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Gardening Grandma


Latest posts by Gardening Grandma

MOB rants

Posted: 16/03/2013 at 08:53

Thanks Derek. It is a good idea, The problem is, in a small garden stuffed with plants, that there isn't really room to dig a hole big enough to bury the pots and even less room by the time one needs to dig them up because other plants are developing. I did think of having bulbs in pots only, but they just look so glorious naturalised in the borders with the hellebores. I guess I just want the best of all worlds - and that's not possible unless you have pots of cash!

Cobaea

Posted: 16/03/2013 at 08:33

  Did I understand you, Jatnikapyar? Did you say that seed should be sown on their side or they would not come up? That's a valuable piece of information, if so. Thanks.

which Rose

Posted: 16/03/2013 at 08:26

Thanks matt. I really meant, do you have to give it extra feed and water more often because it is in dry soil? Or isn't it? I put a largeish conifer in a pot near my summerhouse last year and over the winter it died, despite all the rain. I'd had it for years and realised that I had really miscalculated how much rain it would get. I water pots in the summer but not in winter.

Anyway, back to roses. There are some super-vigorous roses, which grow fast but also grow pretty large and you have to take this into acount when you plan where they will go. Careful thought is needed, especially about how they will be supported.

MOB rants

Posted: 16/03/2013 at 08:13

You've had a rich life, Frank. The wisdom of the past illuminates the present.

I had a lovely morning before the heavy rain started yesterday planting hellebores. Verdun stimulated my interest in them and I must say they look fabulous mixed with lots of little tete-a-tete daffodils. I love these but I'm just beginning to wonder how on earth I can plant new stuff in the autumn when the soil is full of their bulbs.

So  here's a new rant, as befits an MOB. (A number of people would now agree that this is what I am!) When God made bulbs why, oh why, did He not make them with a permanent tag? Didn't He realise gardeners would need to know where they are?

I haven't been struck dead so I think I can safely say that He has a sense of humour! He must have, since He created camels.( Apologies in advance if I have offended anyone. I have a deep love and respect for God.)

More seriously, I'd really like an answer to this problem with bulbs. I suppose markers in the soil, but there would be so many of them. I know bulbs can be replanted but there is such a risk of slicing them as you dig.

which Rose

Posted: 16/03/2013 at 07:49

How fabulous, Matt!    How do you manage the fact that it is so near the house wall?

Talkback: Garden seating areas

Posted: 16/03/2013 at 07:42

We bought an originally very expensive conservatory sofa and chair from a charity shop. it isn't meant for outside but we have it in our open-fronted summer house (really an ancient chicken shed clad in wood and decking) and take in the cushions in winter. The amount of ventilation and shelter keeps it OK (not perfect) and it is a fab place to have a cup of tea and gaze at the garden, especially on a cool day. We are sheltered from the view of the surrounding houses and it feels quite luxurious. I keep intending to spray it with paint in some pastel shade but so far have not bothered.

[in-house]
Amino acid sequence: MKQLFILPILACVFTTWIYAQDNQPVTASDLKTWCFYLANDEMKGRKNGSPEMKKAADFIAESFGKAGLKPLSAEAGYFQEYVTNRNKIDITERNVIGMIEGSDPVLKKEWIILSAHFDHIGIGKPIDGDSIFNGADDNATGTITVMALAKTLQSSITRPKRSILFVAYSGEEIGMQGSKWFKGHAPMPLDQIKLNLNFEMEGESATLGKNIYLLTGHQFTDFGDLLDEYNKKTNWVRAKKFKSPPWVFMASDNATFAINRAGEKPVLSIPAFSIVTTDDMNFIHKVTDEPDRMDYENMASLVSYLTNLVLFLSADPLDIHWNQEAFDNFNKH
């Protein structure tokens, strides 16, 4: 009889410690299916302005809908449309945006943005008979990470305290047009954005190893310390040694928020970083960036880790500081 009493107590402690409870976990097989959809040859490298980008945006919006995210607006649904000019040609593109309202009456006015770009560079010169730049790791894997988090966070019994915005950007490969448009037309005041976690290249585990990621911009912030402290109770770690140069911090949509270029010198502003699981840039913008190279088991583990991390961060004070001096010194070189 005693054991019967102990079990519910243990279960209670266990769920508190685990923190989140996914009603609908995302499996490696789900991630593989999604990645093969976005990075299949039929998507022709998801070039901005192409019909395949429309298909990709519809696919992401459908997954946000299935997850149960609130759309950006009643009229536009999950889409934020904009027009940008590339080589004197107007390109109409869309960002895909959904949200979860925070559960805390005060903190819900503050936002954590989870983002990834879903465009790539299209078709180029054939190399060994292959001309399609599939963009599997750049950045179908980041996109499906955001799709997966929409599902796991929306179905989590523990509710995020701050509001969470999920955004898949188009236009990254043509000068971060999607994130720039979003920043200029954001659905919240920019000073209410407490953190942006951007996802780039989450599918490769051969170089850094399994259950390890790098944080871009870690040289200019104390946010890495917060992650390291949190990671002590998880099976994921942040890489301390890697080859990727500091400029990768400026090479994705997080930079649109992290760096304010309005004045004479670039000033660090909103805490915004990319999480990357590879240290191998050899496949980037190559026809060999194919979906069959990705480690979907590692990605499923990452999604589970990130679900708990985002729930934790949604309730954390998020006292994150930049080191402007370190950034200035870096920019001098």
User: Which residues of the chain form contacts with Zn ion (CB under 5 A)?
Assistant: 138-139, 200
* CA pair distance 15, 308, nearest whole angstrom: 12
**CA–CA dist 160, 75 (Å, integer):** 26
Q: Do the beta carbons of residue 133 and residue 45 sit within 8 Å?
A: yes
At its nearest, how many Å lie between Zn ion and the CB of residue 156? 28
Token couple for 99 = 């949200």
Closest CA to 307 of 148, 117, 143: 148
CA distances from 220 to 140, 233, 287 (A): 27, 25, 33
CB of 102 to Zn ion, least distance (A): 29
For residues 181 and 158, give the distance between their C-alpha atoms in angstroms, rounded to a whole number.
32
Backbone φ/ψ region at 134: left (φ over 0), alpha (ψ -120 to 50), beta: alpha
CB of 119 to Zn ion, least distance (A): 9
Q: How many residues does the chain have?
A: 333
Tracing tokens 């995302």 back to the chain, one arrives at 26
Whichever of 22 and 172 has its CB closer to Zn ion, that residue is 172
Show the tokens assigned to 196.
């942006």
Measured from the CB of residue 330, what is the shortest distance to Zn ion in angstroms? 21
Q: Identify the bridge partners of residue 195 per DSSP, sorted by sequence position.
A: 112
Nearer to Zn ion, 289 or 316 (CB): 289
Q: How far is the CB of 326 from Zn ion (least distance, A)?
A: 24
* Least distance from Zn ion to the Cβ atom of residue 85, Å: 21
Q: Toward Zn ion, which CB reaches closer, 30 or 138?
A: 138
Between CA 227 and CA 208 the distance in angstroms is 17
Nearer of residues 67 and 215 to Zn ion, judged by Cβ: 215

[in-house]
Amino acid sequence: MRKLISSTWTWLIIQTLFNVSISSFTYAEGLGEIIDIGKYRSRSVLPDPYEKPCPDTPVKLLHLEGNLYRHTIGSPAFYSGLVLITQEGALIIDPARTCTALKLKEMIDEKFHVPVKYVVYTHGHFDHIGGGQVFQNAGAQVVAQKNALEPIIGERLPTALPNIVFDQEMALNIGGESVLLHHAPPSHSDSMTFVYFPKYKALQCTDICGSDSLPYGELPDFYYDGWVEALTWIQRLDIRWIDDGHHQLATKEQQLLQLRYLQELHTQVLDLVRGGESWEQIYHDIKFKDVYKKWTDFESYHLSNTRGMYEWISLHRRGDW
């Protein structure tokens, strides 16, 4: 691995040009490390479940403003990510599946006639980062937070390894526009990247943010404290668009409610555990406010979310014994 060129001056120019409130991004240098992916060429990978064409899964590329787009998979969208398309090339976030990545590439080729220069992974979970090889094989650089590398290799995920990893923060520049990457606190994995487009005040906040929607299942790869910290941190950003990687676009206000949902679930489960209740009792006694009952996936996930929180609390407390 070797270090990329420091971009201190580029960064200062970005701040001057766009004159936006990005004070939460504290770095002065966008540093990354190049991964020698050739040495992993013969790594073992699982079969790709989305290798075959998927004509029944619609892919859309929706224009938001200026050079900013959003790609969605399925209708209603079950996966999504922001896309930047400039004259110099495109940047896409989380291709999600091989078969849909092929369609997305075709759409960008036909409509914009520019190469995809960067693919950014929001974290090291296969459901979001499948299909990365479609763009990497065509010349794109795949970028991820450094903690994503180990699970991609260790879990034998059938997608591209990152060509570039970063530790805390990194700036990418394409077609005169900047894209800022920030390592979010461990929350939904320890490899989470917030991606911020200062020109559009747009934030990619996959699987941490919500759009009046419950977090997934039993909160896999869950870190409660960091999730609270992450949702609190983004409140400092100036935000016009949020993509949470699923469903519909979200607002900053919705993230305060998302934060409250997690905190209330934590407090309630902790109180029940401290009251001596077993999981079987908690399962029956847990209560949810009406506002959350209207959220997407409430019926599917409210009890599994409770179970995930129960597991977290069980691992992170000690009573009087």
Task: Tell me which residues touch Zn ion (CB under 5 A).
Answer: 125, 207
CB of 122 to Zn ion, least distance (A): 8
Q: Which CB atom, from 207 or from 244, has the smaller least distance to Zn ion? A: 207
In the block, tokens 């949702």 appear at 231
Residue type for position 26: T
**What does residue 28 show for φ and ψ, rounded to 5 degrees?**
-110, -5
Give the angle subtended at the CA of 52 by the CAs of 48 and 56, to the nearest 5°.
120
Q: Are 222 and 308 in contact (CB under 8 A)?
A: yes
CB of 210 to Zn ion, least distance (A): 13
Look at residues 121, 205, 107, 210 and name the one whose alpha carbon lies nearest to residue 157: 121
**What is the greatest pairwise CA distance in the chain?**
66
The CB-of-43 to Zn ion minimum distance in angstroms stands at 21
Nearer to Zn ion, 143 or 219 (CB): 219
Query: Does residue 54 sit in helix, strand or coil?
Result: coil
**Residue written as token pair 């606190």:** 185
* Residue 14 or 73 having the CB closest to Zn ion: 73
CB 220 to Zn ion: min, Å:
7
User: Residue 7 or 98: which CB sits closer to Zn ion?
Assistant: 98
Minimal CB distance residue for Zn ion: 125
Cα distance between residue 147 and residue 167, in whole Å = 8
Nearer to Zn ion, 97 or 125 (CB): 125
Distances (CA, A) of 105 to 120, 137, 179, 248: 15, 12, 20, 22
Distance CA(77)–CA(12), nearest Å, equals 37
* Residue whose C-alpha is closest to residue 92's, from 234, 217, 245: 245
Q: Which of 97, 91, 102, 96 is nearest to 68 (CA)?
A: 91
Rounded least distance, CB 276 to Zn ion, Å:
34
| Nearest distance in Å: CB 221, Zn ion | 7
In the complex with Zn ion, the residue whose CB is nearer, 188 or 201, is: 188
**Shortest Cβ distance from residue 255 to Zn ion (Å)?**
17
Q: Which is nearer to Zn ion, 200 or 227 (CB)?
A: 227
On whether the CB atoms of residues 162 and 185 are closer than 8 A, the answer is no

Primulas gone to seed

Posted: 16/03/2013 at 07:31

Fascinating! Thank you for sharing your knowledge. Not sure of this is the right place for it, but I'd love to know more about your gardening experience.

which creepers for trellis

Posted: 16/03/2013 at 07:07

Good point, dave!

i have a shelf loaded with gardening books, probably because I'd rather read than work! however, it is so easy to look things up on the net that they are now hardly ever opened. All the info you need is out there.

It is true that different plants need different pruning, but unless you mix them up you won't have a long season of flowering. What is invaluable is a notebook, somthing I omitted to have in my earlier years of gardening and now really regret. If you keep a note of what you planted and where, together with maybe a note on the pruning and flowering seasons and eventual size, you'll be able to prune each. I also have things growing through each other, and sometimes have a problem deciding which should be pruned, It doesn't matter that much because the worst that can happen with most plants is that I lose some of this year's flowers. There's such a lot of enjoyment in learning about plants and how to nurture each one, and I still have a lot to learn. I really hope you have a lot of fun in the process.

MOB rants

Posted: 15/03/2013 at 21:36

It wasn't in my home, Tina. It was in the church across the road and took me two days to shop, prepare and cook. I enjoyed it because of the challenge involved in getting it all out there hot and fooling everyone into thinking that it was well-cooked. It was usually a roast dinner and other people would cook the puddings. Then I'd collapse for a couple of days and hypocritically receive congratulations from people.

Where is everybody from...

Posted: 15/03/2013 at 21:29

I'm from S Wales, too, Lovespoon. I have a smallish walled garden which I am attempting to fill to capacity with herbaceous perennials and climbers and get blossom for at least 11 months of the year, learning as I go. I'd love a big garden with a better outlook than just other houses, but I'm getting older, so maybe the one I have is enough for me. It is regularly trampled and pooed on by my two small dogs, which is a challenge.

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